Looney Labs Icehouse Mailing list Archive

Re: [Icehouse] Icehouse Dynamic Connection Game

  • FromS Myers <iamthecheeze@xxxxxxxxx>
  • DateWed, 10 Mar 2010 21:24:16 -0500
That is a pretty cool game.  I am keen to try it out on Eeyore's
fFamous "tri-hex" chessboard.  I've got a nice board I had printed and
mounted, and I'm always happy to see new games to play on it.  The
six-sided board has the advantage of being a 3-player game.  Awesome!


On Wed, Mar 10, 2010 at 5:06 PM, Spencer Cappallo <tsi@xxxxxxxxxxxxxx> wrote:
> Hi.
> I've been working on a 2player Icehouse connection game. It's not finished
> yet, but I thought I'd post what I've got so far. I've played it a number of
> times now, and I think it's really starting to take some shape.
> It's played by two players with a stash each on a chessboard. There are
> imagined (or real if you want to make/draw them in) rows extending out on
> all sides of the board, as if it were a 10x10 board with the corner squares
> removed.
> The object of the game is to connect the (imaginary) row nearest you with
> the (imaginary) row farthest from you, while stopping your opponent from
> doing likewise. Basically, connect your two sides.
> I've uploaded a quick mockup of the board here:
> http://headphoned.com/icehouse/emptyboard.png
> Players take alternating turns. On a player's turn he may do ONE of four
> things:
> 1) Place a pyramid from his stash onto any empty square on the board (EXCEPT
> his opponent's two special rows, colour coded in the above image). The piece
> must be laying on its side pointing in one of the four orthogonal
> directions.
> 2) Rotate one of his pieces already on the board. He may rotate the piece
> 90, 180, or 270 degrees.
> 3) Move the piece. Pieces move orthogonally, never diagonally. They move up
> to 4 - p spaces, where p is the pip-count. Or, in other words: big pieces
> move 1 square, mediums up to 2 squares, and smalls up to 3 squares. Pieces
> can not move through, move onto, capture, or push other pieces.
> 4) Pick up one of your pieces from the board and return it to your stash.
> [This one shouldn't come up often]
> Every piece on the board has an imaginary line extending out from it in the
> direction it's facing. This area extends for a number of spaces equal to the
> piece's pip count, or until it hits another piece.
> This is illustrated here for each of the three sizes:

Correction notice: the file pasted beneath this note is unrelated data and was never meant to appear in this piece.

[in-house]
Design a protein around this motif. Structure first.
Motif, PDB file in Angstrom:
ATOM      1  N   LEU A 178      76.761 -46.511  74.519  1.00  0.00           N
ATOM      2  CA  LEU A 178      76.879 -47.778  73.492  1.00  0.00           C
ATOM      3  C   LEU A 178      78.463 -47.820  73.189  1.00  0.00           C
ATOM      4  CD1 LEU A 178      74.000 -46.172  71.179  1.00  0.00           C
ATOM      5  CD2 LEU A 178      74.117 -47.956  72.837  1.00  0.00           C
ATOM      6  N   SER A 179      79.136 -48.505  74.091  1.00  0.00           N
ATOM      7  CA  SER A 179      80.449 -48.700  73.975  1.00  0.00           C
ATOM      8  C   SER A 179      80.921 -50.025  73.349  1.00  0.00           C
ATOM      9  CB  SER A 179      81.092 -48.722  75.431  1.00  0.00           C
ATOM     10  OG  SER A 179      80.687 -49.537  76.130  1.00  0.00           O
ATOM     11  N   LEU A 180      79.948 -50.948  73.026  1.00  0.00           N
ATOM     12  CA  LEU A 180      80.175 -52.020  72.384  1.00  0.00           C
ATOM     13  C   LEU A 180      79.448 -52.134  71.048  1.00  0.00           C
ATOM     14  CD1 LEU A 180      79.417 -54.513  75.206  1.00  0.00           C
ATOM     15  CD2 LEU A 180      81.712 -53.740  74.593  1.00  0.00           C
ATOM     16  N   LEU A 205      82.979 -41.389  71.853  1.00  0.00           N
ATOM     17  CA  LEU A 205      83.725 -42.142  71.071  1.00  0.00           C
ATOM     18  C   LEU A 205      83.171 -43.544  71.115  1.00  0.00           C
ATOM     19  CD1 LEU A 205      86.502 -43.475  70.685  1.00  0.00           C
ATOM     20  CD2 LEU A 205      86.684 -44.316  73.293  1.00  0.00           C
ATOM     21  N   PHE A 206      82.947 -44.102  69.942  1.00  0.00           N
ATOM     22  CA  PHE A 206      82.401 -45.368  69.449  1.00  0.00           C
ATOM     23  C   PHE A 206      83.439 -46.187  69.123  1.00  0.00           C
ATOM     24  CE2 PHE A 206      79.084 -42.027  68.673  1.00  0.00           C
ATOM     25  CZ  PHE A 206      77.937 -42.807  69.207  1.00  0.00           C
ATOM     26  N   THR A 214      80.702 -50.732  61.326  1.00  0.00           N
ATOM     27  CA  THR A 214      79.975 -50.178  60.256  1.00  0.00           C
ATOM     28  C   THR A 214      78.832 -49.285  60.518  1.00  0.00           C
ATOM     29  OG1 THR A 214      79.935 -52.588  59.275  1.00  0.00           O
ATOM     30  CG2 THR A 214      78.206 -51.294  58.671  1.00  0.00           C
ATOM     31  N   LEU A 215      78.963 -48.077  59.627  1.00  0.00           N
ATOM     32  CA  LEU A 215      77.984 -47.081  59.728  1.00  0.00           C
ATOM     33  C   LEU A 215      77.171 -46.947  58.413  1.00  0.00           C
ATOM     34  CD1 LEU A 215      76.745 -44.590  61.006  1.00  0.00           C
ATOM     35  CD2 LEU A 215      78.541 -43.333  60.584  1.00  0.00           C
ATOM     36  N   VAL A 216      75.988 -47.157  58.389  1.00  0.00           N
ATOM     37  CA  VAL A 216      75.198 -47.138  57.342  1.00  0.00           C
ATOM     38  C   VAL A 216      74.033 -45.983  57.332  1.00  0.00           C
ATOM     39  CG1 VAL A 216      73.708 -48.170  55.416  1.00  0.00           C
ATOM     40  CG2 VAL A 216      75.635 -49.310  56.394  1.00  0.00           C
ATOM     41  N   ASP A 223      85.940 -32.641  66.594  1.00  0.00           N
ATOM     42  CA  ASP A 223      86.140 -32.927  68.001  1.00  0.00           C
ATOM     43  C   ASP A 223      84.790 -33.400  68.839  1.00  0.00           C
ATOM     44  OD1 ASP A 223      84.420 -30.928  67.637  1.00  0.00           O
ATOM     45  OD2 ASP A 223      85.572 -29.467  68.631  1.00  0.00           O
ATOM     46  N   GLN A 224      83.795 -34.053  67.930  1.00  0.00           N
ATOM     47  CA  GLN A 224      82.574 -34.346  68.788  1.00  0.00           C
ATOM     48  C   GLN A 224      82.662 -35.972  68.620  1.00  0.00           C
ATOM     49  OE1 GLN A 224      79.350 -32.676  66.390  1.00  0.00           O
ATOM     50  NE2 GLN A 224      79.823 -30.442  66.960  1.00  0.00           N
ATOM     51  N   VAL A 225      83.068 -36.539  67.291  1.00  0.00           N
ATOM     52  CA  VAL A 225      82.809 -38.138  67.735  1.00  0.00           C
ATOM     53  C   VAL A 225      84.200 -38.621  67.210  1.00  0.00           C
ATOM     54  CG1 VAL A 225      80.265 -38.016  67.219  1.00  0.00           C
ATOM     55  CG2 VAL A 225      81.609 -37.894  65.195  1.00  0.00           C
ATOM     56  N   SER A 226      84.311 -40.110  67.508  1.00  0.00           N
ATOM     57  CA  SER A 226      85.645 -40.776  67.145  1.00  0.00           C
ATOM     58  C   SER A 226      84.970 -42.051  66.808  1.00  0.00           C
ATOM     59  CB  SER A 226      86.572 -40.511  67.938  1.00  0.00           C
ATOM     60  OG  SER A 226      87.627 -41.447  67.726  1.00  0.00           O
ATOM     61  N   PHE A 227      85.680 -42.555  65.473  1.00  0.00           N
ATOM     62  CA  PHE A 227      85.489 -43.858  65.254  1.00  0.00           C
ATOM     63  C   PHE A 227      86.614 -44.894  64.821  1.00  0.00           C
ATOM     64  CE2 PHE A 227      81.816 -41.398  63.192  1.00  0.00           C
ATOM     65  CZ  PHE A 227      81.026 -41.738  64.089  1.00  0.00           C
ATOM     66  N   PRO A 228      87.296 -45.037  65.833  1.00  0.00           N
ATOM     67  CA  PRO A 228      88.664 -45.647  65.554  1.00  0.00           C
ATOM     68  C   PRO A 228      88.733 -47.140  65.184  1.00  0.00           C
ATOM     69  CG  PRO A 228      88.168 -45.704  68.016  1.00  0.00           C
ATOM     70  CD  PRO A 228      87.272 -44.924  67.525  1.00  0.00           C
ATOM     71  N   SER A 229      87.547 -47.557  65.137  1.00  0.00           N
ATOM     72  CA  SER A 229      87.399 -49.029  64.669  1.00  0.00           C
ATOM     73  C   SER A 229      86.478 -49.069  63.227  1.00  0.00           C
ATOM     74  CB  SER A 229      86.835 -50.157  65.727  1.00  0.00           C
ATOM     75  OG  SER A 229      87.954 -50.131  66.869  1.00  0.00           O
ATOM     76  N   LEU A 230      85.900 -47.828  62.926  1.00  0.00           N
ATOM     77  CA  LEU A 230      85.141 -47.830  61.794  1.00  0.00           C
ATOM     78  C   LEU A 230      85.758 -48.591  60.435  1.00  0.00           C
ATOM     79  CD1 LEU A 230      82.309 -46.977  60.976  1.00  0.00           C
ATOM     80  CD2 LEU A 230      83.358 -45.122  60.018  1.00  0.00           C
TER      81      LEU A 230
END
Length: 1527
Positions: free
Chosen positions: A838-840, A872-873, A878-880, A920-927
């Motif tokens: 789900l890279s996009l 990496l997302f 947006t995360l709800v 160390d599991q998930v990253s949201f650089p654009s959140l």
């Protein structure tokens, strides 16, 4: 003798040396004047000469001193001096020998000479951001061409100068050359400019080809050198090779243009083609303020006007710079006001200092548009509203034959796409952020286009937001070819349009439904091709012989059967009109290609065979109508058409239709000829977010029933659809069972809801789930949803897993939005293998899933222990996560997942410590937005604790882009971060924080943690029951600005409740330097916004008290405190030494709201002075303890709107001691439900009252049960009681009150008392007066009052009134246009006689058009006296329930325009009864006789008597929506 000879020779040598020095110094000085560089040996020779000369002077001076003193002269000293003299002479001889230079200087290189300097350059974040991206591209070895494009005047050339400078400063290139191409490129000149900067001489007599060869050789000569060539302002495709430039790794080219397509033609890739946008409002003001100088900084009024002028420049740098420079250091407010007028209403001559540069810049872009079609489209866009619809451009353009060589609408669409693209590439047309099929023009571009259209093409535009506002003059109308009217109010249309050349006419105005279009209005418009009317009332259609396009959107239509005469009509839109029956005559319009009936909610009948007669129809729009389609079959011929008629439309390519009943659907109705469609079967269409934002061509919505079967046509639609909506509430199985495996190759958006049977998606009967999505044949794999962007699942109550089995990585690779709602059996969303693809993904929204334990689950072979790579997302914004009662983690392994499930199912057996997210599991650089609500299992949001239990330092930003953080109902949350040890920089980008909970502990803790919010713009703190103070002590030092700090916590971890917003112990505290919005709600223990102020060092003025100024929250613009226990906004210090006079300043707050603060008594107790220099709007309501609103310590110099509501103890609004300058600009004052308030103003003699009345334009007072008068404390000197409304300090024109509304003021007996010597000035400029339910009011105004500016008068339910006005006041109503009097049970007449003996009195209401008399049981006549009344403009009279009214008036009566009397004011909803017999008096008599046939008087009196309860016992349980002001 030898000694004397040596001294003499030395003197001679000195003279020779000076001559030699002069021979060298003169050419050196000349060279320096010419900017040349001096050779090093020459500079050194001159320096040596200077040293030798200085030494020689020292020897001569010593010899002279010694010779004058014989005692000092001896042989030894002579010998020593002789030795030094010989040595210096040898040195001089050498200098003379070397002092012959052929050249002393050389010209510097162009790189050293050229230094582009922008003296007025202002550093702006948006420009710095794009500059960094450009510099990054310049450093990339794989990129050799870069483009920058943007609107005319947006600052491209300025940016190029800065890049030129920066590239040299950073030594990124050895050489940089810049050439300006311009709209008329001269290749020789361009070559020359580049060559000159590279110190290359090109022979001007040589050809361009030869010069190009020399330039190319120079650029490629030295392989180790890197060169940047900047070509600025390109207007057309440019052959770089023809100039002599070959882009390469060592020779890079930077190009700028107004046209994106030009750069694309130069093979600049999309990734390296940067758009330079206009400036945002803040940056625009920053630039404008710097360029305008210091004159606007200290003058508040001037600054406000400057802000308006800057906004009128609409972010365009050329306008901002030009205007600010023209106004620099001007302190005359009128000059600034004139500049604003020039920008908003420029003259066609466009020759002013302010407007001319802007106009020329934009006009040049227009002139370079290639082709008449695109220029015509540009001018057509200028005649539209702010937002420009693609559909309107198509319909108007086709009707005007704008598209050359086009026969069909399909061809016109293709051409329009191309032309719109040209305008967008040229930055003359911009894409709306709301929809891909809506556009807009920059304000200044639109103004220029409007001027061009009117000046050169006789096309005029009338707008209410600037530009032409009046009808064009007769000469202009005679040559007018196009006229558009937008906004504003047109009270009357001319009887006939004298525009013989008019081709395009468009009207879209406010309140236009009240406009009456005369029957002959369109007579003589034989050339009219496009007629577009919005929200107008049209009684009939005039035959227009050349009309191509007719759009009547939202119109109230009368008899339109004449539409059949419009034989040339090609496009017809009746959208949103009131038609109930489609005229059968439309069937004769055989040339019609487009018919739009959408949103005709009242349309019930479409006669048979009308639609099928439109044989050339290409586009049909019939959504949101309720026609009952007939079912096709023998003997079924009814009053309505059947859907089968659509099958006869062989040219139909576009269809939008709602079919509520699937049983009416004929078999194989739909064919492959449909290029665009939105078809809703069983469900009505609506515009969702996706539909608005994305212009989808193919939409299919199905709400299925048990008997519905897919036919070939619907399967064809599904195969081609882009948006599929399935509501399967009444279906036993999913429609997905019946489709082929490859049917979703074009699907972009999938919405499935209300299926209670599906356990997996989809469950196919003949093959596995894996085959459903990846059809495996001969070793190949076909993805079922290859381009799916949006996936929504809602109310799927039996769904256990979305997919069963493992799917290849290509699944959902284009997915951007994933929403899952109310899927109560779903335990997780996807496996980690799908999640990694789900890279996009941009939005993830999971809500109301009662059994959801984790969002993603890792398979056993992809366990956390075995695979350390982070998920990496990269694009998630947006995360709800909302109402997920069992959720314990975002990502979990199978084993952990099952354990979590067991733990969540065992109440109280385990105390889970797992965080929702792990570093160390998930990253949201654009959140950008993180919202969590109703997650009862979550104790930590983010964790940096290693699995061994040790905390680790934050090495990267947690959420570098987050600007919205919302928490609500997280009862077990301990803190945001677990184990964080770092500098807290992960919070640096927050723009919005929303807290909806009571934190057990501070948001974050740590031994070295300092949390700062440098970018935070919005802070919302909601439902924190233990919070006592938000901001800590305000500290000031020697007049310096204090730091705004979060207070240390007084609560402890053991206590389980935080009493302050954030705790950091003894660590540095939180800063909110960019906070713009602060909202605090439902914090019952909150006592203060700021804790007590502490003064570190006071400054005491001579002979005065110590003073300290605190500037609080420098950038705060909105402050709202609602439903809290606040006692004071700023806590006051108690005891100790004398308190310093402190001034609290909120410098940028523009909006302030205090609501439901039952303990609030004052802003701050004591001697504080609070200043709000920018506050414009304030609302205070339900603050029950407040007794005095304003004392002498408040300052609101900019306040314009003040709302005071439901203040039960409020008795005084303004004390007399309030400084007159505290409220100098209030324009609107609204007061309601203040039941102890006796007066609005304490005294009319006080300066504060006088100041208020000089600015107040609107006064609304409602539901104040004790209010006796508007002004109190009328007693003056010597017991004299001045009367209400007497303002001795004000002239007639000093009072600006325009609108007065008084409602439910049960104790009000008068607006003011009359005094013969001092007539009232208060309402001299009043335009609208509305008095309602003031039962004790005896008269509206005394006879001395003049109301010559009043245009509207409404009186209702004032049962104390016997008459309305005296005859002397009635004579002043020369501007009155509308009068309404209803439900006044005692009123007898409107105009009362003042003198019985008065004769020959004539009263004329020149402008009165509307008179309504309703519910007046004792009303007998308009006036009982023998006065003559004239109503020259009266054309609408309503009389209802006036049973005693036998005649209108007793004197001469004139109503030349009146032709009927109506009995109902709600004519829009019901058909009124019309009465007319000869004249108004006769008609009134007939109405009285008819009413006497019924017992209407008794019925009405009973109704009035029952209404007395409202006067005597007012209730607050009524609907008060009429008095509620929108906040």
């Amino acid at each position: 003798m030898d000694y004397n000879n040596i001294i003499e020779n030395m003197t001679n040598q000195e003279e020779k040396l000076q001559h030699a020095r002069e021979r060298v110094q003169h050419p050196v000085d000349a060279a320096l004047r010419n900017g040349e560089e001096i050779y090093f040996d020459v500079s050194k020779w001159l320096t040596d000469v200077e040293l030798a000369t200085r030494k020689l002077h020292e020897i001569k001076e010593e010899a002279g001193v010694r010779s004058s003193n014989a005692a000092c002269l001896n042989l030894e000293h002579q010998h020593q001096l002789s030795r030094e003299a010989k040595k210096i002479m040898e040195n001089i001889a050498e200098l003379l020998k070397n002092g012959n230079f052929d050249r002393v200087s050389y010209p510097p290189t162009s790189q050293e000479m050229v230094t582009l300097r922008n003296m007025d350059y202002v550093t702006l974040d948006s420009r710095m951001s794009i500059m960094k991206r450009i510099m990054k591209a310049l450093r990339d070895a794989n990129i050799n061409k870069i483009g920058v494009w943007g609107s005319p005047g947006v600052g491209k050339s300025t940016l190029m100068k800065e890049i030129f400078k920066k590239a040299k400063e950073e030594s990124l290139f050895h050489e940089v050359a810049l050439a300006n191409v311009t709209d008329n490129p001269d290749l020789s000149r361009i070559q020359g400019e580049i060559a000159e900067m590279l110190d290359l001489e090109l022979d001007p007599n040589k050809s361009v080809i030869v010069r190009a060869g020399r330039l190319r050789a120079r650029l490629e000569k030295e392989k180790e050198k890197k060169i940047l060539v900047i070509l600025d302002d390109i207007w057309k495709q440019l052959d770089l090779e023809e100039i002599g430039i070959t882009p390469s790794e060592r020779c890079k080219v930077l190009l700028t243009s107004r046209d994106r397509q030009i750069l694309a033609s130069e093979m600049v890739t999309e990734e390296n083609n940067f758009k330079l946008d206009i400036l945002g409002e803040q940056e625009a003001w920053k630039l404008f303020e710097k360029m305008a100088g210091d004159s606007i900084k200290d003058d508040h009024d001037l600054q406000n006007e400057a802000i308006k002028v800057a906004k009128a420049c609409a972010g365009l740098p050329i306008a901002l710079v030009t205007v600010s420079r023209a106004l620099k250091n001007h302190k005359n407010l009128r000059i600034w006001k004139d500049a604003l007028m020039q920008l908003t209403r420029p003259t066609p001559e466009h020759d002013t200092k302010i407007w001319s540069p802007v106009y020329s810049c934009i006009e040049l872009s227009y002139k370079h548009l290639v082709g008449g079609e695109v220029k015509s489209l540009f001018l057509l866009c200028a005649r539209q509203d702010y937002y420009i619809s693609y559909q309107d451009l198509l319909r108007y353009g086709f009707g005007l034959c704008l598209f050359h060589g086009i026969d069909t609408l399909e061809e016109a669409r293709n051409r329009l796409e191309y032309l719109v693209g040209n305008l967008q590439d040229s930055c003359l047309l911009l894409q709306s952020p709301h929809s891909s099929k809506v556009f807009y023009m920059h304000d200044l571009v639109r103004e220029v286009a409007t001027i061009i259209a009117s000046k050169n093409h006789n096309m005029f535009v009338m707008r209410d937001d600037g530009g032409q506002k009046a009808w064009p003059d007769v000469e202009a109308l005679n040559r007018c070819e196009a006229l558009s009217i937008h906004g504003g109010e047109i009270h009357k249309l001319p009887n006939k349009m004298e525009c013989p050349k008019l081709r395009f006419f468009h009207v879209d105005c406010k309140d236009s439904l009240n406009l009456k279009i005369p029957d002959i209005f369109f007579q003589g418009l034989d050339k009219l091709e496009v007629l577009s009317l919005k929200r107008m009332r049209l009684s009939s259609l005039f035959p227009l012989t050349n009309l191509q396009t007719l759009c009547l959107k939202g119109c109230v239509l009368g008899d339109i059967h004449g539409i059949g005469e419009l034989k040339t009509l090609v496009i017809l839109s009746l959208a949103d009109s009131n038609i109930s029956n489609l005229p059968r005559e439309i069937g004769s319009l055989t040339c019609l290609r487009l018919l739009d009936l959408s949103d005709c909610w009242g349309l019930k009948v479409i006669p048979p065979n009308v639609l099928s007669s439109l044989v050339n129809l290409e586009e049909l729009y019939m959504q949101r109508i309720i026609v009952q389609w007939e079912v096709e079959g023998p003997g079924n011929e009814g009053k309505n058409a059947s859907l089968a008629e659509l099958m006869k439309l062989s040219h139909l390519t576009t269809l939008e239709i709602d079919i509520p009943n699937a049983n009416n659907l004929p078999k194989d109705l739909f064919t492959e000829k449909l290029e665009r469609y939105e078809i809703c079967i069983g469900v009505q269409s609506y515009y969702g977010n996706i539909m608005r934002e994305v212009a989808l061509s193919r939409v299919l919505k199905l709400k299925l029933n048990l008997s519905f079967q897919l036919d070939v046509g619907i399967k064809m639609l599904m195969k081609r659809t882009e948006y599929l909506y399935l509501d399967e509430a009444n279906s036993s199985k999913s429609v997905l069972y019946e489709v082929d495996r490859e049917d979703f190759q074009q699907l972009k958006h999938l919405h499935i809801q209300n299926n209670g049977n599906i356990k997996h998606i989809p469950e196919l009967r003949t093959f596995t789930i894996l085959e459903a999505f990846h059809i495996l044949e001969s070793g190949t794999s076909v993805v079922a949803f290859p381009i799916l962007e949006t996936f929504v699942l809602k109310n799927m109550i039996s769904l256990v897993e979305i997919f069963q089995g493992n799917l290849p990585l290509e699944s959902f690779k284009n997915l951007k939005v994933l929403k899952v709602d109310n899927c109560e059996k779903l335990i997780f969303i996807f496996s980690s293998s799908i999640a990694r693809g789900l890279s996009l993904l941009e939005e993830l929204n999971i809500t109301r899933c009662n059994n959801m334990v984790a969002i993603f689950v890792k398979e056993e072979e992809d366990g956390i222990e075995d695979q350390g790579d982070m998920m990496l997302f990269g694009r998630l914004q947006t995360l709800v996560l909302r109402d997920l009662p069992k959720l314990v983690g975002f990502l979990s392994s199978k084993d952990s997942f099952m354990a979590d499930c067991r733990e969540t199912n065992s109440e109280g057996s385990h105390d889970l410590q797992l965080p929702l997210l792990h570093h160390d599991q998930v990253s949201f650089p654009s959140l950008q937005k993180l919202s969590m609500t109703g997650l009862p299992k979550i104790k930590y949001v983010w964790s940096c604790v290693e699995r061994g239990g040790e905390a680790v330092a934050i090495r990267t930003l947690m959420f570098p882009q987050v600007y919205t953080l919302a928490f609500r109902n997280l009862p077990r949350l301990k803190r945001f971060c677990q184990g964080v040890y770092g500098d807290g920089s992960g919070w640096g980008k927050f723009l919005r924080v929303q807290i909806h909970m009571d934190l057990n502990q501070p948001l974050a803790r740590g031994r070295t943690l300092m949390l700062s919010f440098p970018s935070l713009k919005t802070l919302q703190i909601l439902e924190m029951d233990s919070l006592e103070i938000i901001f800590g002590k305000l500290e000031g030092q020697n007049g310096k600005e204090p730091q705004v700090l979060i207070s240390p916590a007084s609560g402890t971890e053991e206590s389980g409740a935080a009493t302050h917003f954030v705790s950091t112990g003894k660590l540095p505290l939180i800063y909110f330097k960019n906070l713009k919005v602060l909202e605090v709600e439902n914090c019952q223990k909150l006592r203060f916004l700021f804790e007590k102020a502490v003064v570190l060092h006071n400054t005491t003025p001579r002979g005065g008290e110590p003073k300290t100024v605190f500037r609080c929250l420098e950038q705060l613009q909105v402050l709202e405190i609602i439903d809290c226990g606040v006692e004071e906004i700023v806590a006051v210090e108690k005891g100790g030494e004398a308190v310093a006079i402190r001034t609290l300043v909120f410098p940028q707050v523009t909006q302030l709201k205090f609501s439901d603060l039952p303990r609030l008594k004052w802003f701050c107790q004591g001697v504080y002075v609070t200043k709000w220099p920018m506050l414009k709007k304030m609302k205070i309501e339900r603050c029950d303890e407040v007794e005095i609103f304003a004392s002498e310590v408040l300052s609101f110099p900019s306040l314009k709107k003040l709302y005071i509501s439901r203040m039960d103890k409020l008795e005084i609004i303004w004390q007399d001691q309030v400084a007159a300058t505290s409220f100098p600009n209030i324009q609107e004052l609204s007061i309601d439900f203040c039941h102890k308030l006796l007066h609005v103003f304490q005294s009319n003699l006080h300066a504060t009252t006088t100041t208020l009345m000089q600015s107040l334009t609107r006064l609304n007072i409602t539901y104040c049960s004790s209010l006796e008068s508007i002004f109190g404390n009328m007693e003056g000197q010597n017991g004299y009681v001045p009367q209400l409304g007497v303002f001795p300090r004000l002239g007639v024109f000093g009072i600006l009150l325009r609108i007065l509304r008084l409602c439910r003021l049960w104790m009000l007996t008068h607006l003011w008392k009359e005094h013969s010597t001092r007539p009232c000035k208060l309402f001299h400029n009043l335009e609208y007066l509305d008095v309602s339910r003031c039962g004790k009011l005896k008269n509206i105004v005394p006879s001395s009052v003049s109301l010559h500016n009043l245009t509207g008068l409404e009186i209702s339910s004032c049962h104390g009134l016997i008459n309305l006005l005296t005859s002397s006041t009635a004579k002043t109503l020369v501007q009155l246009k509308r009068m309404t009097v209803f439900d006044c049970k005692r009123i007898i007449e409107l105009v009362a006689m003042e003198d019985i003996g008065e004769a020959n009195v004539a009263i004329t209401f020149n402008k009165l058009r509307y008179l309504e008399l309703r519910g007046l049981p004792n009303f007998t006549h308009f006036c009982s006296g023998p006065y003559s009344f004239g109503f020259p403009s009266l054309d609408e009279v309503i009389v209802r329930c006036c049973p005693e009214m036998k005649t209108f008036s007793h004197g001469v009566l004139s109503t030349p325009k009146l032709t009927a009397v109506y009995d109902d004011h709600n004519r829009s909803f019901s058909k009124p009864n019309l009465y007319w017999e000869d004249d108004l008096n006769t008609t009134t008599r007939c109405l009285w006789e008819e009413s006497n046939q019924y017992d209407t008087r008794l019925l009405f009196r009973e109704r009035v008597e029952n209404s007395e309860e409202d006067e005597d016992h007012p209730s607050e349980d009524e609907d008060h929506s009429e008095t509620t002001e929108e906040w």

> http://headphoned.com/icehouse/influence.png
> If this line hits another piece, it stops at that square. If the other piece
> is the same colour, the two are connected. If the other piece is the
> opposite colour, it's blocking the first piece.
> This is easiest to see in a diagram:
> http://headphoned.com/icehouse/blocking.png
> In the above image, there is a 3-pip piece pointing North. Its line would,
> unobstructed, extend 3 squares beyond it. However, since there is a blue
> 2-pip piece in the way, the line is blocked and a piece 3 squares away from
> the 3 pip red piece would not be connected to it. Also pictured is a 1-pip
> red piece pointing directly at the 3-pip red piece. The 1-pip's line only
> extends one square, and that square is occupied by the 3-pip piece, thereby
> connecting the two.
> It is through linking pieces of your colour in this manner that you hope to
> connect your two sides and win.
> An example of connecting two sides is here:
> http://headphoned.com/icehouse/connection.png
> It is important to note from the above example that one piece in the
> connection, a 2-pip, is getting pointed at by two different pyramids. The
> direction of the arrows need not necessarily flow provided there is still a
> connection between your two sides.
> And finally, here's an example of a game in progress where whoever's turn it
> is can win by moving: http://headphoned.com/icehouse/ekzamplo.png
> Anyway, that's my little game I'm working on. I hope some of you will give
> it a look, maybe even a try, and give me some feedback. I haven't really
> tried varying the board size much yet. I suspect it could be turned into a
> placement-only connection game with the right board size (on my
> to-investigate list). Also, I suspect it can become a three player game on a
> hexagonal grid. (Maybe a 5x5x5?)
> Thanks for reading!
> --Spencer
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